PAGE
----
Tuesday, May 27, 2014


There are many approaches to solving disability problems in human beings. In the case of multiple sclerosis, for example, here are just a few of the strategies currently being employed:
  • Many researchers are pursuing pharmacological solutions such as disease modifying treatments focused on the body’s immune response.
  • Some researchers are considering drugs that will have neuroprotective qualities, shielding the patient’s central nervous system from attack.
  • Others are focusing on developing stem cell treatments that will either rebuild the immune system or repair damage done to the central nervous system of patients with multiple sclerosis.
  • Still others are concentrating their efforts on identifying the root cause of the disease, presuming that this knowledge can facilitate a cure.
But this blog post focuses on those who are pursuing the design and manufacture of electromechanical aids for disabled people – bionics. The EKSO exoskeleton  is getting closer to commercial readiness every day. In the world of prosthetic limbs, DEKA Research and Development, who developed my iBot mobility system, recently received FDA approval for their Luke Arm. I was privileged to see the arm and discuss it with the manager of engineering during our visit to the DEKA facility late last year.

I urge you to watch the YouTube video below. It's a TED talk delivered by Hugh Herr, a double amputee and developer of bionic systems at MIT. He is the personification of “physician, heal thyself.”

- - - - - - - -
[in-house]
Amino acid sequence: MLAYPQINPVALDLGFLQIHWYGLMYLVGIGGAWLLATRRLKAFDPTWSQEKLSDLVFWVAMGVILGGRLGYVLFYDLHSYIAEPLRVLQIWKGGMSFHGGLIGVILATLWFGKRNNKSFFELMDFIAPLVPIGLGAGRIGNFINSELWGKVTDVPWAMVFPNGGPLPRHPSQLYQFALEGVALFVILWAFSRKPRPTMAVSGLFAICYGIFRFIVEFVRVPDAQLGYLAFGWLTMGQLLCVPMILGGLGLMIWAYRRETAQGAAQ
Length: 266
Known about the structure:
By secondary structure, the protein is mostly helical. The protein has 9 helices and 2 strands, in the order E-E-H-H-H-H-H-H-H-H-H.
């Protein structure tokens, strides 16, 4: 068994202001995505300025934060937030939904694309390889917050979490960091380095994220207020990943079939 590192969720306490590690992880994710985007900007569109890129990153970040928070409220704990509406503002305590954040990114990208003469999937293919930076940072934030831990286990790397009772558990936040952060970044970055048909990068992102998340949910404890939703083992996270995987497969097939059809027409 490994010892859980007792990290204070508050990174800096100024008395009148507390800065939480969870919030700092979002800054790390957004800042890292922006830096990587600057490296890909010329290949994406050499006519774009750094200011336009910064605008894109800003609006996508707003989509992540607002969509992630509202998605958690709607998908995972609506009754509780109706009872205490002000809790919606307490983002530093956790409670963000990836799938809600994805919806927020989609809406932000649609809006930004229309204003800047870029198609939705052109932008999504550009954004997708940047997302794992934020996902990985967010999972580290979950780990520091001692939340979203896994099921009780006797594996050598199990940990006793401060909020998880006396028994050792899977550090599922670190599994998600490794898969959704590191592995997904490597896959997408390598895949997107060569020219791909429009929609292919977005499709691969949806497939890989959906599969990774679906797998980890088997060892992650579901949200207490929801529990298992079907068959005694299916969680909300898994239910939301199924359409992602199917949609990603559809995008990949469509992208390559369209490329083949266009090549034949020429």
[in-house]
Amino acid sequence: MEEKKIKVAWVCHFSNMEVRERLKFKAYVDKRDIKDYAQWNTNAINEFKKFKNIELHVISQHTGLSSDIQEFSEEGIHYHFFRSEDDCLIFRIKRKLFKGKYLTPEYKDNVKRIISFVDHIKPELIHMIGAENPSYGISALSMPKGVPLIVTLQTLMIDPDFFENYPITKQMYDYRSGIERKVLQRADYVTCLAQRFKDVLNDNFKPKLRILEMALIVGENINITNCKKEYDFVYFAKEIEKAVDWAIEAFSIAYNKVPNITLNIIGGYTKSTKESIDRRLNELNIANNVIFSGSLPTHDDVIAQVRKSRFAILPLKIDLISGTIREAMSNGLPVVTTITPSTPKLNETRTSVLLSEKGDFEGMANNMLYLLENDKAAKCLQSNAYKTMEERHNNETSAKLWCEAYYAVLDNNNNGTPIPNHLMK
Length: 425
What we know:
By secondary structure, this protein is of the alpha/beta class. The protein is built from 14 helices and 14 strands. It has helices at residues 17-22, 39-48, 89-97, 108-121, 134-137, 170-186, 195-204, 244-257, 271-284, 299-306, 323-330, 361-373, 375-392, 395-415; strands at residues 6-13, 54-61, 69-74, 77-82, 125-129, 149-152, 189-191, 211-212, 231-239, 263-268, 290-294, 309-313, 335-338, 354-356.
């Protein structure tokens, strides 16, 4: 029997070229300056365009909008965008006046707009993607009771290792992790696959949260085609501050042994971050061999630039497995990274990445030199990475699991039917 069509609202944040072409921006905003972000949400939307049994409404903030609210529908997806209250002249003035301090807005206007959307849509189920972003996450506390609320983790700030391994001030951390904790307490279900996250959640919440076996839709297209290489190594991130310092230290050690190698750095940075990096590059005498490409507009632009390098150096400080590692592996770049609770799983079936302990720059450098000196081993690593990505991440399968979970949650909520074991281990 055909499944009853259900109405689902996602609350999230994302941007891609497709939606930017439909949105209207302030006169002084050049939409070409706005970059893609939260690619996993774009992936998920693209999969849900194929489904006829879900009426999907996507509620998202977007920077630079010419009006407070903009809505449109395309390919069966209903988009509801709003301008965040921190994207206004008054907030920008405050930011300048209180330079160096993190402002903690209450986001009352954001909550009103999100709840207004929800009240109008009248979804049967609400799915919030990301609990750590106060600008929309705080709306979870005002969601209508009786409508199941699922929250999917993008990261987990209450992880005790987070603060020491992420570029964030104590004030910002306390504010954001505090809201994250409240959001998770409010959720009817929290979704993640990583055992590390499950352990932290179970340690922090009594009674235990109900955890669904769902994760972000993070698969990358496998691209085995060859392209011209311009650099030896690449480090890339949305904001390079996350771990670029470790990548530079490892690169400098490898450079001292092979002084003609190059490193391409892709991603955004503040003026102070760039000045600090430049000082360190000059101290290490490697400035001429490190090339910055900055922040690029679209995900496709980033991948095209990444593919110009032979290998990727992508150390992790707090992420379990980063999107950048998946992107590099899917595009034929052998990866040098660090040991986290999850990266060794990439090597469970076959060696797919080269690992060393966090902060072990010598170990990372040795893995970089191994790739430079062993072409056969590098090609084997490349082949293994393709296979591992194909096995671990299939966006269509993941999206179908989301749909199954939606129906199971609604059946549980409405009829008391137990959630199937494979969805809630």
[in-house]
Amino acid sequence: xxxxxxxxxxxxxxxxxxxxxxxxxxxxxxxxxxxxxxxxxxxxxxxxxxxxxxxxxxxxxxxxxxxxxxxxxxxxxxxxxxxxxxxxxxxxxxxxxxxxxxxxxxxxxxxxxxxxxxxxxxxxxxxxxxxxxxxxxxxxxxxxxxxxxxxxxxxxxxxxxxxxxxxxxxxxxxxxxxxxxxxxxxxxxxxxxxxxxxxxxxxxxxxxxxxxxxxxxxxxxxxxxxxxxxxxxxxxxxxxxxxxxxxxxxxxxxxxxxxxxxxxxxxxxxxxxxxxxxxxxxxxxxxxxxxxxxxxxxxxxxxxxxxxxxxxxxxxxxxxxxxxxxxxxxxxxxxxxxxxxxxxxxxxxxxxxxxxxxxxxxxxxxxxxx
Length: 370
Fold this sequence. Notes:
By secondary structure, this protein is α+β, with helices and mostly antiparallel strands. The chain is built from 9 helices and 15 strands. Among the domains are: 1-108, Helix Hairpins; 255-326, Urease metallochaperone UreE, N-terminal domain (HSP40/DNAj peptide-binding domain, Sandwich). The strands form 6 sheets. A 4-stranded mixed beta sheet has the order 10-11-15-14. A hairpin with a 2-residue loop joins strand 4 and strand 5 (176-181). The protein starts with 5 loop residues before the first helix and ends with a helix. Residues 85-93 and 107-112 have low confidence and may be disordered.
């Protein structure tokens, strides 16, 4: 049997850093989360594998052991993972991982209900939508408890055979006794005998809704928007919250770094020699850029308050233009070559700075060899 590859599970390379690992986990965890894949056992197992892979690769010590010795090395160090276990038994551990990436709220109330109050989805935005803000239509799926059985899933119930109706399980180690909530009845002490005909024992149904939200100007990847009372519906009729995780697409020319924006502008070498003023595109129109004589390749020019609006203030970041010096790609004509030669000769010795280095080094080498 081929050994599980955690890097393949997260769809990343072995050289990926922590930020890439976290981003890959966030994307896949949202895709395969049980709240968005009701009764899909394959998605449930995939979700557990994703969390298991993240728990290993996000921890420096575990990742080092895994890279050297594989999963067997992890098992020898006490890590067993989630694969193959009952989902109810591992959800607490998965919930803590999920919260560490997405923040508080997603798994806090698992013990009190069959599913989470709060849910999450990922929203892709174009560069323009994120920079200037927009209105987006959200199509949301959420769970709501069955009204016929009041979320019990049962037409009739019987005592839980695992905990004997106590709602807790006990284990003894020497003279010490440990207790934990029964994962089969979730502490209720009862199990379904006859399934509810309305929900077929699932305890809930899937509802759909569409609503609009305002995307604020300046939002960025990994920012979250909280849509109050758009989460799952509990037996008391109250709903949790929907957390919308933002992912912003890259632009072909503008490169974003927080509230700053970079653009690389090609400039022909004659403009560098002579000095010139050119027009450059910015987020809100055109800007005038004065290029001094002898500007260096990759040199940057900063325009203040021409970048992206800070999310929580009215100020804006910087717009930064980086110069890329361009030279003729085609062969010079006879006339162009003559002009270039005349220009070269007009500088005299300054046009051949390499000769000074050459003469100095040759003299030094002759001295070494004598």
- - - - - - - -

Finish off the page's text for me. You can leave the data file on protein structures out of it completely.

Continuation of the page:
Herr looks at disability in a novel way.
“Basic levels of physiological function should be a part of our human rights. Every person should have the right to live life without disability if they so choose -- the right to live life without severe depression; the right to see a loved one in the case of seeing impaired; or the right to walk or to dance, in the case of limb paralysis or limb amputation. As a society, we can achieve these human rights if we accept the proposition that humans are not disabled. A person can never be broken. Our built environment, our technologies, are broken and disabled. We the people need not accept our limitations, but can transcend disability through technological innovation. Indeed, through fundamental advances in bionics in this century, we will set the technological foundation for an enhanced human experience, and we will end disability.”
Whether you are a healthy or disabled person you’ll enjoy this entire 19 minute video. But if you just want to hit the emotional highlights, watch the story of a woman who receives new bionic legs at the 12:10 point of the video. Then watch the concluding story of a woman who lost her leg in the Boston Marathon bombing, beginning at 14:50. Bring a box of tissues.

If you are reading this in an email, click here to access the video.

1 comment:

  1. while drugs and machines will probably always be involved, there are a few diets - wahls and swank for instance - that are gathering good data as treatment protocols for MS. one can graduate med school with only 20 hours of nutrition education. my first neuro, when i asked him about swank, told me to east whatever i wanted, that he had no nutritional advice to offer. there is more available to us than just drugs, ways we can take more control of our health.